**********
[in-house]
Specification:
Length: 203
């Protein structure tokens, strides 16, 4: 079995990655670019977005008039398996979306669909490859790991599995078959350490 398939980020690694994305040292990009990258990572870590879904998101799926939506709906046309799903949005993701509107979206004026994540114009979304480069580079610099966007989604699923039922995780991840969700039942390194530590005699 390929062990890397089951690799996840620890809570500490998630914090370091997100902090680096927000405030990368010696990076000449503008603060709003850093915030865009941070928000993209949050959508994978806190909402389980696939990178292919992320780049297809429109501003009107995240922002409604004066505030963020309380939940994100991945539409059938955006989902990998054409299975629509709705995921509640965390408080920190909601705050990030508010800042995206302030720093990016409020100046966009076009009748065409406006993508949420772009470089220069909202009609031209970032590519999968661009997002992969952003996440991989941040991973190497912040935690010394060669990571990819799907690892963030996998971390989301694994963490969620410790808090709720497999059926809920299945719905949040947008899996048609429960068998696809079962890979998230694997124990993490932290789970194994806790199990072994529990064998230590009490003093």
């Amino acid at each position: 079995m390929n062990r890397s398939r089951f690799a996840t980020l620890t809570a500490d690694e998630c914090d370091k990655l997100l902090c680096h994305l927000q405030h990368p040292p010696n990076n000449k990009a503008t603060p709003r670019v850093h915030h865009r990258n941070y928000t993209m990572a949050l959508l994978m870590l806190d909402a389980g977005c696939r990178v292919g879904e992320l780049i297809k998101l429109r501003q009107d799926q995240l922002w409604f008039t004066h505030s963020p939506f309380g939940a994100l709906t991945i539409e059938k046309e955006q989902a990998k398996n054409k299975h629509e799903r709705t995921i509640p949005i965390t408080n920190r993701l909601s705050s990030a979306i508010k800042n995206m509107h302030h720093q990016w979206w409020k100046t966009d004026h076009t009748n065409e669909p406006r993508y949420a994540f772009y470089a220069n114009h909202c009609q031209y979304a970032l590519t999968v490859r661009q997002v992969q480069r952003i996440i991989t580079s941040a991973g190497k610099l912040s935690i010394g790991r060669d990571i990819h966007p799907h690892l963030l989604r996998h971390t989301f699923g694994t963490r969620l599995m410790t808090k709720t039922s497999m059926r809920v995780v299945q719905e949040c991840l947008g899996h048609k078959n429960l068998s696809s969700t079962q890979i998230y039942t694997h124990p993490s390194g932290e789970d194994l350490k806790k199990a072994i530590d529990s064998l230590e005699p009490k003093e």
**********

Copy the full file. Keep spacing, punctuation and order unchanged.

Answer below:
[in-house]
Specification:
Length: 203
């Protein structure tokens, strides 16, 4: 079995990655670019977005008039398996979306669909490859790991599995078959350490 398939980020690694994305040292990009990258990572870590879904998101799926939506709906046309799903949005993701509107979206004026994540114009979304480069580079610099966007989604699923039922995780991840969700039942390194530590005699 390929062990890397089951690799996840620890809570500490998630914090370091997100902090680096927000405030990368010696990076000449503008603060709003850093915030865009941070928000993209949050959508994978806190909402389980696939990178292919992320780049297809429109501003009107995240922002409604004066505030963020309380939940994100991945539409059938955006989902990998054409299975629509709705995921509640965390408080920190909601705050990030508010800042995206302030720093990016409020100046966009076009009748065409406006993508949420772009470089220069909202009609031209970032590519999968661009997002992969952003996440991989941040991973190497912040935690010394060669990571990819799907690892963030996998971390989301694994963490969620410790808090709720497999059926809920299945719905949040947008899996048609429960068998696809079962890979998230694997124990993490932290789970194994806790199990072994529990064998230590009490003093």
């Amino acid at each position: 079995m390929n062990r890397s398939r089951f690799a996840t980020l620890t809570a500490d690694e998630c914090d370091k990655l997100l902090c680096h994305l927000q405030h990368p040292p010696n990076n000449k990009a503008t603060p709003r670019v850093h915030h865009r990258n941070y928000t993209m990572a949050l959508l994978m870590l806190d909402a389980g977005c696939r990178v292919g879904e992320l780049i297809k998101l429109r501003q009107d799926q995240l922002w409604f008039t004066h505030s963020p939506f309380g939940a994100l709906t991945i539409e059938k046309e955006q989902a990998k398996n054409k299975h629509e799903r709705t995921i509640p949005i965390t408080n920190r993701l909601s705050s990030a979306i508010k800042n995206m509107h302030h720093q990016w979206w409020k100046t966009d004026h076009t009748n065409e669909p406006r993508y949420a994540f772009y470089a220069n114009h909202c009609q031209y979304a970032l590519t999968v490859r661009q997002v992969q480069r952003i996440i991989t580079s941040a991973g190497k610099l912040s935690i010394g790991r060669d990571i990819h966007p799907h690892l963030l989604r996998h971390t989301f699923g694994t963490r969620l599995m410790t808090k709720t039922s497999m059926r809920v995780v299945q719905e949040c991840l947008g899996h048609k078959n429960l068998s696809s969700t079962q890979i998230y039942t694997h124990p993490s390194g932290e789970d194994l350490k806790k199990a072994i530590d529990s064998l230590e005699p009490k003093e």